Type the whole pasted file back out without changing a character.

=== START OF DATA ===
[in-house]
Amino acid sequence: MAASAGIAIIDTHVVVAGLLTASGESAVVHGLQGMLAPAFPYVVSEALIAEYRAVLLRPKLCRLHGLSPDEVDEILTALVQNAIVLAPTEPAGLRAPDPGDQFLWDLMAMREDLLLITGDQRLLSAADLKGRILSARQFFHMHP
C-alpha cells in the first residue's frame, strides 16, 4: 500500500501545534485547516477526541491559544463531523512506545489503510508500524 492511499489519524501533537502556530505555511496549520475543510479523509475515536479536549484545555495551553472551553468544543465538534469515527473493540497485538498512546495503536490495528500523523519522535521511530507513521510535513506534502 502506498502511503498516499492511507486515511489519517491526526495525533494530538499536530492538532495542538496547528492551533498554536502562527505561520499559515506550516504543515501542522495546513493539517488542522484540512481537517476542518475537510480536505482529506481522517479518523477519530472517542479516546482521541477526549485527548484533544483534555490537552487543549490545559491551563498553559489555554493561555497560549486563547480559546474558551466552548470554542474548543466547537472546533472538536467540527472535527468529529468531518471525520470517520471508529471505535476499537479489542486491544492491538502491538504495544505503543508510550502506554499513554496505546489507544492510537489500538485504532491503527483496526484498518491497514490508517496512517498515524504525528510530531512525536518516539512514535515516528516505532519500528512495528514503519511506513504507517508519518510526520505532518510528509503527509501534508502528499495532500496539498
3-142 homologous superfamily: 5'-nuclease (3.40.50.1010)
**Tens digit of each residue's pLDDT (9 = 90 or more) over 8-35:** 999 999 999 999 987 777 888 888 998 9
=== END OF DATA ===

[in-house]
Amino acid sequence: MAASAGIAIIDTHVVVAGLLTASGESAVVHGLQGMLAPAFPYVVSEALIAEYRAVLLRPKLCRLHGLSPDEVDEILTALVQNAIVLAPTEPAGLRAPDPGDQFLWDLMAMREDLLLITGDQRLLSAADLKGRILSARQFFHMHP
C-alpha cells in the first residue's frame, strides 16, 4: 500500500501545534485547516477526541491559544463531523512506545489503510508500524 492511499489519524501533537502556530505555511496549520475543510479523509475515536479536549484545555495551553472551553468544543465538534469515527473493540497485538498512546495503536490495528500523523519522535521511530507513521510535513506534502 502506498502511503498516499492511507486515511489519517491526526495525533494530538499536530492538532495542538496547528492551533498554536502562527505561520499559515506550516504543515501542522495546513493539517488542522484540512481537517476542518475537510480536505482529506481522517479518523477519530472517542479516546482521541477526549485527548484533544483534555490537552487543549490545559491551563498553559489555554493561555497560549486563547480559546474558551466552548470554542474548543466547537472546533472538536467540527472535527468529529468531518471525520470517520471508529471505535476499537479489542486491544492491538502491538504495544505503543508510550502506554499513554496505546489507544492510537489500538485504532491503527483496526484498518491497514490508517496512517498515524504525528510530531512525536518516539512514535515516528516505532519500528512495528514503519511506513504507517508519518510526520505532518510528509503527509501534508502528499495532500496539498
3-142 homologous superfamily: 5'-nuclease (3.40.50.1010)
**Tens digit of each residue's pLDDT (9 = 90 or more) over 8-35:** 999 999 999 999 987 777 888 888 998 9